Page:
Media Literacy Alphabet – Part I

by Salem Saberhagen and Hamster

A – Anonymous

Can anyone on the Internet be anonymous? We can try, by making our accounts private and shielding our accounts – but how anonymous are you really? And how effective is this shield really? Google your own name, for instance, and find out how ML2anonymous you actually are.





B – Buzzfeed

A website that very often crosses people’s Facebook timelines is Buzzfeed. It can be a source of entertainment and procrastination for many. One must take into account, however, that its articles have been suggested to contain barely noticeable advertisments.

C – Censorship

Not everyone is free to use or produce the media they like. In some countries the government prohibits you from visiting certain websites. Facebook, for example, is blocked in a number of countries. This causes people to only receive news from inland sources, and decreases global citizenship and world awareness in general.

D – DownloadingML3

Any media can be readily available to you, if you know where to find it; if you know how to find it. Being able to download something is one thing, but to download the right thing is another. Remember downloading from LimeWire? The material may look trustworthy when you judge it by the title, but before you know it you can be listening to a reggae cover of “Never Gonna Give You Up”.

E – E-mail

As UCR students, we are quite familiar with using e-mail to communicate. How well protected is your e-mail account? Do you know how to detect e-mails with dangerous links in them? Perhaps you have received one before, clicked one, and have been hacked or had a virus as a result.

F – Followers

Have you ever thought about why, sometimes, people from all over the world want to keep track of what you are doing? Does it seem strange, or not at all? Often it becomes a sort of competition – who has more followers? But does having the most followers really make you happy?

G – Google

Google is possibly a main search engine for a lot of us, but we must not forget that it also contains our dear Google Scholar, as well as an infinite amount of other services. However, we also must not forget that Google tracks your search history, and, for example, provides you with advertisements based on that. It also provides you with search results based on your search history.ML4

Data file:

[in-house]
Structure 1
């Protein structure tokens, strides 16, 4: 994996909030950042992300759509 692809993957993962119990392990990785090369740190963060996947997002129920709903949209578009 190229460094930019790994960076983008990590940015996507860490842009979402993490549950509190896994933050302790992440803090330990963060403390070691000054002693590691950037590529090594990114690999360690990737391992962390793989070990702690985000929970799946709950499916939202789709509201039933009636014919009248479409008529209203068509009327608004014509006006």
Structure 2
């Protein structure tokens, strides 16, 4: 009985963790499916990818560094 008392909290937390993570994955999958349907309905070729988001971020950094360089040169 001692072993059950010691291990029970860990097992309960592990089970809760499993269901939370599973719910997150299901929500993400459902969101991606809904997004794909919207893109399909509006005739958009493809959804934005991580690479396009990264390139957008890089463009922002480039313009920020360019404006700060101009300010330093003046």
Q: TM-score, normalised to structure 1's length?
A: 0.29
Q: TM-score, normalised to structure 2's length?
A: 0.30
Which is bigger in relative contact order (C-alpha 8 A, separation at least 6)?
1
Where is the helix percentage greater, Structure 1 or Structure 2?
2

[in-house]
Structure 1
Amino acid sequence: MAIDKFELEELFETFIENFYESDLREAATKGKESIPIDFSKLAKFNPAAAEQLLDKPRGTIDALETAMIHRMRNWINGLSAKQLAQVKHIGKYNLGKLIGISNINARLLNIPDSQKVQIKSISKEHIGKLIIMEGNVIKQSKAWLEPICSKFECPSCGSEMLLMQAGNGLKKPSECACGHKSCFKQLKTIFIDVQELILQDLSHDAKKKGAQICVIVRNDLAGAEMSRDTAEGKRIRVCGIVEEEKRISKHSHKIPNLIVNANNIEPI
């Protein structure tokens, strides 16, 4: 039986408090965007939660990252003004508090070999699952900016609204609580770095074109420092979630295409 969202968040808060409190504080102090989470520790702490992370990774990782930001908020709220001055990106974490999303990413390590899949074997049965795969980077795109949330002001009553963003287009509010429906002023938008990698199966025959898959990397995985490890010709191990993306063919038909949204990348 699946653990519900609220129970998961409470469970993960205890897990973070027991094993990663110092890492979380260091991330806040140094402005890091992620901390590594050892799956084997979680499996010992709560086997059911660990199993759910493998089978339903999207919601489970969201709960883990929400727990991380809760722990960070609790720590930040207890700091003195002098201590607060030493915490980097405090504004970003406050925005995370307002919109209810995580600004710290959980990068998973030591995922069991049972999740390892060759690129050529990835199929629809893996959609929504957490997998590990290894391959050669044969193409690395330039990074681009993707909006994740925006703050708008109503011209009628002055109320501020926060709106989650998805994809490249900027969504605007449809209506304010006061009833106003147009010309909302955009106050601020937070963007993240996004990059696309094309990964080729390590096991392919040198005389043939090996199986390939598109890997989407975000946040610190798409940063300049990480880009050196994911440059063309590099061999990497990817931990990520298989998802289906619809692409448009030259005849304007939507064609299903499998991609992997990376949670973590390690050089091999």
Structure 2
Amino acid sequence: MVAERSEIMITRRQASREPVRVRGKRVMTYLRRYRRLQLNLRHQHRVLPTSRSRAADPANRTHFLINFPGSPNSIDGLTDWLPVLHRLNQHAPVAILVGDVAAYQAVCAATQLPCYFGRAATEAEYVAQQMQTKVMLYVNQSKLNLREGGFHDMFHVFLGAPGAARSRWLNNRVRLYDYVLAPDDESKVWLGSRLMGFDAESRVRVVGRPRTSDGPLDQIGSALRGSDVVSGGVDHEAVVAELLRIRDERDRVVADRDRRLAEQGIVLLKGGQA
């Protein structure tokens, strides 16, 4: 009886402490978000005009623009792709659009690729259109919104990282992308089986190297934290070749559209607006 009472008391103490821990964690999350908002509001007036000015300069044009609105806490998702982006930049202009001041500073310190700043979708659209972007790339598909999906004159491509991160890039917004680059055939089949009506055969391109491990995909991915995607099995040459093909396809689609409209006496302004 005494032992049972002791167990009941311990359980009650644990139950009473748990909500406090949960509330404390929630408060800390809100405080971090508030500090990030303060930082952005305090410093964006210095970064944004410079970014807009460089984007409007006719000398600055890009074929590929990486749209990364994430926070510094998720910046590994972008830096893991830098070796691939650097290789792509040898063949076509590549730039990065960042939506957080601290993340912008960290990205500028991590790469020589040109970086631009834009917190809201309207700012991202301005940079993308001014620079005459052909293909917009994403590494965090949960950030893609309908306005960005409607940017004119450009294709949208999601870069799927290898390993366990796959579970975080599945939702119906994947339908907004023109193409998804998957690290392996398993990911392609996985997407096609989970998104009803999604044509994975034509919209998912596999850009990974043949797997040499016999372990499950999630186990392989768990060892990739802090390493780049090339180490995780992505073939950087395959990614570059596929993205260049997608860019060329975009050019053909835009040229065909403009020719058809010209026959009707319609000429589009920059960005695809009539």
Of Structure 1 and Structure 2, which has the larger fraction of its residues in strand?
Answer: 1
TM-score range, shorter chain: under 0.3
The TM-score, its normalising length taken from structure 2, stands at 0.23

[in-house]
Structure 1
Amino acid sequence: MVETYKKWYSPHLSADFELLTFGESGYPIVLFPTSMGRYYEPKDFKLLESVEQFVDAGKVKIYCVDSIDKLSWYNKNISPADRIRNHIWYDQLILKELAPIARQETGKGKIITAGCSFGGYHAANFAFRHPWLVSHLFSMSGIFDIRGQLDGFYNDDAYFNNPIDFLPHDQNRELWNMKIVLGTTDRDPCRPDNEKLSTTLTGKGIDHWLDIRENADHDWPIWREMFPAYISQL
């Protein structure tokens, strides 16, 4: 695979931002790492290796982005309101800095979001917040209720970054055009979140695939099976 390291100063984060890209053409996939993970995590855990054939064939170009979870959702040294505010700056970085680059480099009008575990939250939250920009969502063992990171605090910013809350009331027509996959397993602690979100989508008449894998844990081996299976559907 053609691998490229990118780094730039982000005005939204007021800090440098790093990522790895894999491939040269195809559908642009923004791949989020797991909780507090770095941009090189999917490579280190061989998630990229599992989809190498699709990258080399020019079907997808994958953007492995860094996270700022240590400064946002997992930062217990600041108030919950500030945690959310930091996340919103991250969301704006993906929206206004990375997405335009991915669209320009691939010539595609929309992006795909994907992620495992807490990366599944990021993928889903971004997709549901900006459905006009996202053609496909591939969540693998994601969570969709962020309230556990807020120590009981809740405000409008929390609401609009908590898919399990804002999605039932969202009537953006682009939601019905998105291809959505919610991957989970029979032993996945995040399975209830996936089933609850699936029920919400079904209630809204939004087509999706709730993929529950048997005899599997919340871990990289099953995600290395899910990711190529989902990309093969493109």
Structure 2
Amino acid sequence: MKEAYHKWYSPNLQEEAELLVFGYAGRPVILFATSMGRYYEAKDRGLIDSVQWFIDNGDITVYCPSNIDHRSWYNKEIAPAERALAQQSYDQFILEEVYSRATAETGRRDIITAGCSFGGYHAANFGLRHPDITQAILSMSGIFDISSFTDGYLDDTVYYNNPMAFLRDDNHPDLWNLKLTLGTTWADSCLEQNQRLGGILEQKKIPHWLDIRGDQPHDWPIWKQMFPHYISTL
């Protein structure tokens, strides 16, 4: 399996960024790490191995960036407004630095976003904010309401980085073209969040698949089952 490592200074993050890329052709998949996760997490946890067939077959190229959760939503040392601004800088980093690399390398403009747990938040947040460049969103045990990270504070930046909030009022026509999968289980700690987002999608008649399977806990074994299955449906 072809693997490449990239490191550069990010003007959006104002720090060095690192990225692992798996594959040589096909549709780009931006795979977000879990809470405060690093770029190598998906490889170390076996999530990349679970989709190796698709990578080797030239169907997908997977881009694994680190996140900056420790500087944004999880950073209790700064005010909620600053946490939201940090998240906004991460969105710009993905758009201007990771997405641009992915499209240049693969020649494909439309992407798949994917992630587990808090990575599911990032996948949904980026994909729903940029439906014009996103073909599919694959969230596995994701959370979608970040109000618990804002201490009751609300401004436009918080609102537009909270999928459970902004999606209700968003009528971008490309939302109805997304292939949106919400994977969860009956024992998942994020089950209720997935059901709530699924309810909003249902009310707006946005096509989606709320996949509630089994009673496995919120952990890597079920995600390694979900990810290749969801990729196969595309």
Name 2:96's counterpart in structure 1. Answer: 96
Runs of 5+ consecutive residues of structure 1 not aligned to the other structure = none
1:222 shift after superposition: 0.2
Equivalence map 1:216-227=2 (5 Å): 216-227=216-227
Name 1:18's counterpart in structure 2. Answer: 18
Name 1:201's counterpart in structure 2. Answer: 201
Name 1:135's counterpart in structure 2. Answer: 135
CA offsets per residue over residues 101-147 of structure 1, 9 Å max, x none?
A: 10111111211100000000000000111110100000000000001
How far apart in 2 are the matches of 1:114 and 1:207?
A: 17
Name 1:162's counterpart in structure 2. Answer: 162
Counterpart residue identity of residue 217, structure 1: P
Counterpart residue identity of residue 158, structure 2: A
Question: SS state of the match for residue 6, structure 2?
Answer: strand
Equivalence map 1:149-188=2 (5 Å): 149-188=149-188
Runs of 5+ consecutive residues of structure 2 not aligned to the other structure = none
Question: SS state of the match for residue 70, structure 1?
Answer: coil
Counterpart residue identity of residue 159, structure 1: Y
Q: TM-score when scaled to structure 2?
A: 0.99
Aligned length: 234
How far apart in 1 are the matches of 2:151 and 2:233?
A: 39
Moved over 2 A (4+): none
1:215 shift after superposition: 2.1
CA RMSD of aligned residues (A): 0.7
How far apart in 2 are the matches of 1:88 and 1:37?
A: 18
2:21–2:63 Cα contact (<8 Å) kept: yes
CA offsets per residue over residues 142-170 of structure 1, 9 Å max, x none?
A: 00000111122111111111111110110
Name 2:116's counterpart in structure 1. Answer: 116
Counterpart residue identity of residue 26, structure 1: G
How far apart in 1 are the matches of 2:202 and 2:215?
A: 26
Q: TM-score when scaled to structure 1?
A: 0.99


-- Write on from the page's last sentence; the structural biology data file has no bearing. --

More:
H – Homepage

Everyone has a homepage: it is the start of your quest on the Internet every time you open up your browser. However, your homepage can be toxic. For instance, if you have Facebook as your homepage, it can be hard to ignore the feeds popping up and focus on your actual reason to use the Internet – to study, for example. Choosing your homepage is actually really important and has a huge influence on your internet behaviour.

I – Instagram

You can use Instagram to post photos about you, your life and your friends and follow your favourite celebrities with Instagram. But where do these photos we post end up? And why do want to see Cara Delevigne pulling weird faces or Miley Cyrus in minimalistic outfits?

J – Junk(mail)

Mail that seems shady ends up in your junk mail box, such as advertisements for products you have never been interested in and are not likely to ever be interested in or messages from people you have never met who want to be your friend. But where does this junk mail come from? Your email address is information that is available for everyone and it can easily be taken advantage of.ML5






K – Kittens (cat videos)

Videos of kittens playing around is a joyous experience for many of us. But apart from making us laugh, is it really valuable to our lives? Can we not use the time we spent on looking at cat videos more efficiently?

L – Literacy

It is very important to be aware of the role media plays in our lives, so that we can be aware of the pitfalls and use our social media more carefully.

M – Media

Media is everywhere. We can use media to share ideas and communicate with people from all around the world. However, we must not forget that the media also uses us, and can manipulate us by only showing one side of the story. Every source can have its own (political) agenda.


Salem Saberhagen is a student who wishes to remain anonymous for this issue of TR

Hamster is a student who wishes to remain anonymous for this issue of TR

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